The term comes from the French ballade, which means “dancing song". Ballads usually rhyme, although the scheme is the choice of the writer. Quatrains are a common structure, yet this depends on the builder. Sometimes ballads feature a refrain or other repetition. While structural elements vary, what is common to all ballads is a story. A ballad is meant to communicate a tale to an audience in a vivid and memorable manner.
The ballad’s roots go deep into European oral tradition. In the middle ages, traveling performers would recite or sing ballads all across the continent. These stories served both as communication and entertainment. A rhyming poem was an easy way to remember and pass on news.
As literacy spread throughout Europe, hand-written copies of ballads were commonly distributed. After the invention of the printing press, the ballad exploded in popularity. On a single large sheet of paper, artists would print their verses and illustrations. A popular tune would be suggested for a rhythm. These sheets were known as “broadsides". They are the forerunner of the pamphlet and the chapbook.
From the Streets to the Scholars
As light began to shine on the Dark Ages, prominent writers took what the peasants were hearing on the street corners and made it their own, combining more polished language with a form more free than the popular sonnet. Chaucer’s Canterbury Tales, from the end of the fourteenth century, is a collection of narratives-in-verse with various speakers.
In 1798, William Wordsworth and Samuel Coleridge collaborated on Lyrical Ballads and a Few Other Poems. This work went against the practice of featuring great royal, historical or mythological characters. Rather, simple country folk were commonly the subjects. This collection includes The Rime of the Ancient Mariner by Coleridge, perhaps the world’s best known ballad.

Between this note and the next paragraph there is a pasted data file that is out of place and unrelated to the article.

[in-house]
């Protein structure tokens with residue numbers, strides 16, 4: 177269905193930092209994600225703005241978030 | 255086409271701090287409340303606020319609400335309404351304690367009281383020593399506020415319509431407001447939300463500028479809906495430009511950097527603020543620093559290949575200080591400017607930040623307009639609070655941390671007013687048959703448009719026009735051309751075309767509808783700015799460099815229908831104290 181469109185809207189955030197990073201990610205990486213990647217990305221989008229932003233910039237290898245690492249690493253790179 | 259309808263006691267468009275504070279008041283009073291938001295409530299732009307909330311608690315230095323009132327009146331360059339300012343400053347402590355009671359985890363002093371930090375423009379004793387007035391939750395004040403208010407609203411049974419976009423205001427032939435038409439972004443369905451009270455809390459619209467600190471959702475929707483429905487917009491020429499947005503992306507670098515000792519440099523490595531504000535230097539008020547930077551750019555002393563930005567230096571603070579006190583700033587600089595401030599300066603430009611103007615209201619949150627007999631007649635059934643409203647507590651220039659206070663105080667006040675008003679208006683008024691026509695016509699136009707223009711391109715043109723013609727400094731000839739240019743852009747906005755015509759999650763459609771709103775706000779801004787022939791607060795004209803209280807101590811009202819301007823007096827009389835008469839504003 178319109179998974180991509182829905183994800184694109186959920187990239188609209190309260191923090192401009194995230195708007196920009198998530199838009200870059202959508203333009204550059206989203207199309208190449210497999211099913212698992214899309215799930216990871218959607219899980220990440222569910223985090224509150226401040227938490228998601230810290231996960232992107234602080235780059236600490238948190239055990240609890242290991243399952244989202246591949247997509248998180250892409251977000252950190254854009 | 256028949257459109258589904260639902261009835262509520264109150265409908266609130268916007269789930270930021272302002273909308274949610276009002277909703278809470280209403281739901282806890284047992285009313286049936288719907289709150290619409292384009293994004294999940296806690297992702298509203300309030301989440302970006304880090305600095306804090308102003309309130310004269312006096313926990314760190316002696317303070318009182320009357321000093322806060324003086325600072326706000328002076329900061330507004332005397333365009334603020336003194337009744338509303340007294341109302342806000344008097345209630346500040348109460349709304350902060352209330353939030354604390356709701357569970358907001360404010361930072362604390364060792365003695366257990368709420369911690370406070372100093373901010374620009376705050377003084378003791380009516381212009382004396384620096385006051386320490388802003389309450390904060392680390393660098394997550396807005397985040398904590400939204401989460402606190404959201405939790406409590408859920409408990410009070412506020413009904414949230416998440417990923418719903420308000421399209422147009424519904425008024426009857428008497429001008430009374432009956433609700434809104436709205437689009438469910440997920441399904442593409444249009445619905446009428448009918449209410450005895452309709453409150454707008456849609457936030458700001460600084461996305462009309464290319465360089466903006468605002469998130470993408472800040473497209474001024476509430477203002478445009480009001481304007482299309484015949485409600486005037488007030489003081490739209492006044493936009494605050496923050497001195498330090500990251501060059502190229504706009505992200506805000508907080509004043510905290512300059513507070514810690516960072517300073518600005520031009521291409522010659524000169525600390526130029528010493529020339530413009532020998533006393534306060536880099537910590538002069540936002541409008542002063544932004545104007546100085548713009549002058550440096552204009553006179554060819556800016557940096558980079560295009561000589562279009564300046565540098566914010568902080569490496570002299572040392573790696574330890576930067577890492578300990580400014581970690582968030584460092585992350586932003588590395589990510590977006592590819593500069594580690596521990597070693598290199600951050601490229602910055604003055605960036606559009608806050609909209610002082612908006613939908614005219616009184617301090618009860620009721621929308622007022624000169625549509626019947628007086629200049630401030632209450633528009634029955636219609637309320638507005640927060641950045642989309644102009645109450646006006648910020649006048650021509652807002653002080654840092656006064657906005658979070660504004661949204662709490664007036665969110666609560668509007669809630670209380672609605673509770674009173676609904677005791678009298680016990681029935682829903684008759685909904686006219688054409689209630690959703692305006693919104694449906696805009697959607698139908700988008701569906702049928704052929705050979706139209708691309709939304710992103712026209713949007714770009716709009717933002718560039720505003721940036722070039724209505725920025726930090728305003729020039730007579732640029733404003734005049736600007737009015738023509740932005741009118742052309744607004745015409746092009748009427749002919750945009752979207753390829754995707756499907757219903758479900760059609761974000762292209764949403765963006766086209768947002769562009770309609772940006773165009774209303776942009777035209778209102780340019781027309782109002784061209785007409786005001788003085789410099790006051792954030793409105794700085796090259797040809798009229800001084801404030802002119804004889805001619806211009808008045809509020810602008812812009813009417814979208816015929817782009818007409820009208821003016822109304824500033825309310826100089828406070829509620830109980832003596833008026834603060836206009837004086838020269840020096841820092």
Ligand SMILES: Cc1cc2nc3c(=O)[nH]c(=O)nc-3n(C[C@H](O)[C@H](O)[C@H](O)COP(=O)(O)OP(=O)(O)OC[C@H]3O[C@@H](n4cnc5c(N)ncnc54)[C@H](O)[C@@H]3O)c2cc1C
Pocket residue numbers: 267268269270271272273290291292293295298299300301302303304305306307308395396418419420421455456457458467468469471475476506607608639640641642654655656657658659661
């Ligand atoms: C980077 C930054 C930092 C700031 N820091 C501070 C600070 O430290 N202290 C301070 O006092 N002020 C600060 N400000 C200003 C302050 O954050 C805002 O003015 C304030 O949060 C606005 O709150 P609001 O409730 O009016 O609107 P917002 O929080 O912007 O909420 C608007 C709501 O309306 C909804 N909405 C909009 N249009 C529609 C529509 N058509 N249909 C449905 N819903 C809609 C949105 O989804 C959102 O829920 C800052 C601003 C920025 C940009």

Lewis Carroll brought his childish and playful style to the ballad form in The Walrus and the Carpenter. The poem was inside of Through the Looking-Glass, published in 1872.
Francis J. Child
Between 1882 and 1898, Child published his ten volume work, The English and Scottish Popular Ballads. He investigated the entire history of the ballad, including printed and oral, across thirty-seven languages. He included notes on music, historical figures, mythology and cultural variations. Overall, Child includes 305 ballads. This work is considered the definitive text on the history of ballads.
How to Write
Find your Story
To write your own ballad, you must begin by establishing your story. So free-write, as I always say. Start in a general direction and detail the events in your narrative. Feel free to wander off on tangents. Dwell on particular details. Write and write until you’ve created original descriptions. Remember that great storytelling involves making your reader feel involved. Don’t just tell them what happened, but immerse them in your sensory world.
This is a good time to break away from your normal notebook routine. Get a large easel or a sheet of butcher paper. Use a white-board or a chalk-board, but please take a picture before you erase. Give yourself a large space to write. Splash your plot, setting and characters across it.
Now find what’s important to your narrative. When telling a story in verse, you have limited words, so be concise. Have a clear line of plot. Select very few central characters. Know what sensory details support your theme. Scrap everything non-essential.